There’s a common bad habit among football fans, and that is ignoring everything but the first division of whatever league they follow. In Germany, the second division has a lot to offer—in my opinion much more than the first one: tradition-rich teams, actual competition instead of one-club-dominance, high-attendance games, and clubs from the former East Germany. And one of the clubs that make the second division in Germany so attractive is 1. FC Union Berlin.
Köpenick is the south-easternmost borough of Berlin. That is also home to 1. FC Union Berlin, one of the most authentic clubs in German football.
Union Berlin is derided by many Football fans in Germany as a Hipster club and is often compared to St. Pauli. I myself would not go that far, as Union Berlin, as opposed to St. Pauli, is still just a football club and luckily not a brand. Nevertheless, Union Berlin is getting bigger, and that is due to both the reputation of the fans as alternative and creative, and of the club as defiant and self-sufficient. Union Berlin is as Punk Rock as it gets. A working class club from its inception, Union Berlin has won no major silverware in over 50 years bar the East German domestic cup in 1968. And still, home matches at the Stadion an der alten Försterei are usually sold out, and legions of fans travel all over to see their team—just like they have been doing since the club was founded in 1966.
Union Berlin is a product of the East German Football system. See, in the first decades of the DDR, like in other Socialist countries, Football teams represented industries or were connected to the political establishment. The so-called Betriebsportsgemeinschaften had names such as Chemie, Motor, Empor, Wismut—representing, respectively, the chemical, automotive, trade, and mining industries. Likewise, the police and the army were also represented and competed under the names Dynamo and Vorwärts, respectively. In the mid-1960s, the governing body of East German football decided to establish (and in some cases reestablished) a number of elite football clubs—which we would otherwise think of as normal clubs. Thus, in late 1965 and 1966, a number of new names made their appearance in the Oberliga: 1. FC Magdeburg, Hansa Rostock, Hallescher FC, 1. FC Lokomotive Leipzig, FC Carl Zeiss Jena, FC Karl-Marx-Stadt (Chemnitz). Berlin also saw the birth of two new clubs: Berliner Fussbal Club Dynamo and 1. FC Union Berlin.
Football in the DDR fell prey to massive political manipulation. Erich Mielke, head of the infamous Stasi (the East German secret police), wanted Dynamo Berlin to be the most successful East German club, and saw to it that it became one of the top players in the league—which eventually led to Dynamo winning the East German championship 10 years in a row in the 1980s. Union Berlin always played in the shadow of Dynamo Berlin, which was by all accounts the club of the establishment. Union gradually became the club of the anti-establishment, and its working-class fan base soon started to expand to punks, skinheads, students, and dissidents. Union Berlin came to become more than just a football club and came to represent rebellion—kinda like St. Pauli but in a climate of true oppression.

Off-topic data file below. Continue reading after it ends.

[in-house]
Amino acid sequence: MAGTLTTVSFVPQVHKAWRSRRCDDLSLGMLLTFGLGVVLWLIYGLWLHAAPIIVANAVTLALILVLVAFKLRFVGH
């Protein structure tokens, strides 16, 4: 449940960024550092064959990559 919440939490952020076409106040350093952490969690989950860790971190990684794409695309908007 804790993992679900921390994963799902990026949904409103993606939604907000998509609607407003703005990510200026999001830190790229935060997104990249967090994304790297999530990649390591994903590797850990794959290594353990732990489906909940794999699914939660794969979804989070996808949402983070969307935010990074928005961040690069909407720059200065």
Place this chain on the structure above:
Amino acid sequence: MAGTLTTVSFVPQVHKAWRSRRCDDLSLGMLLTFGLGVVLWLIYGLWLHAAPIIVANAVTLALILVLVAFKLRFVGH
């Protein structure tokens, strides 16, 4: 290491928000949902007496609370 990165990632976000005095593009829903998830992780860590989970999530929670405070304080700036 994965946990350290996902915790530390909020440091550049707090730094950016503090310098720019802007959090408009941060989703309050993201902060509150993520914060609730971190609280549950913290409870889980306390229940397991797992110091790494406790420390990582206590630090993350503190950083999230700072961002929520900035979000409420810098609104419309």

A visit to the Alte Försterei today will show you that this spirit is still alive: You’ll see more punks walking around there than in other cities bar probably Hamburg. Countless Motorhead tshirts, Mohawks, shaved heads, you name it. These fans share the space with Ultras, Hooligans, Expats (who tend to gravitate toward Union instead of Hertha), old school East German fans, and Berlin transplants from Southern Germany.
The stadium at the Alte Försterei is a proper ground. When Union Berlin was promoted to the second division, their stadium needed to be renovated to meet the standards of the German Football Association. The club didn’t have the money to carry out the necessary work, so the fans stepped up and took care of renovating the stadium themselves. All in all, over 2000 volunteers clocked in a total of over 140,000 hours of unpaid labor to make sure that their club could start playing in the second division. Today, you will see a statue of a bear (the symbol of the city) wearing a red and white scarf and a hard hat right next to the stadium. This statue commemorates the dedication of those fans that helped out the club in their time of need. Union Berlin is thus DIY as fuck, and the club’s relationship with their fans is one of mutual respect and support.
What makes the Alte Försterei even cooler is that only one of its tribunes is an all-seater—the rest is all-standing. That is indeed a rarity in German football, at least in the two upper divisions, but it makes the atmosphere all the more electric. Experiencing this stadium, which has a capacity of 22,000 people and is decorated with quotes of Nick Hornby, is truly a must do for any football fans traveling to the German capital.
I myself sympathize with Union Berlin even though I am a Dynamo Dresden supporter. Some fans I met in Dresden told me that, while they don’t have a fan-friendship with Union, they like and respect them. When the Elbe rose and flooded Dresden, a number of Union fans made the two hour drive to Saxony to volunteer together with Dynamo fans and build dykes with sandbags. That’s a gesture that people haven’t forgotten.
I can’t say how many times I’ve seen Union Berlin live, but I do remember seeing them against Kaiserslautern, Sandhausen, St. Pauli, Braunschweig, and Borussia Dortmund.
Union Berlin is a cool club with a very unique culture. Union fans are loud and friendly, and going to the Alte Försterei is still an affordable experience, as tickets start at only 14 Euros. Next time you’re in Berlin, make sure you check out a match if you have the opportunity.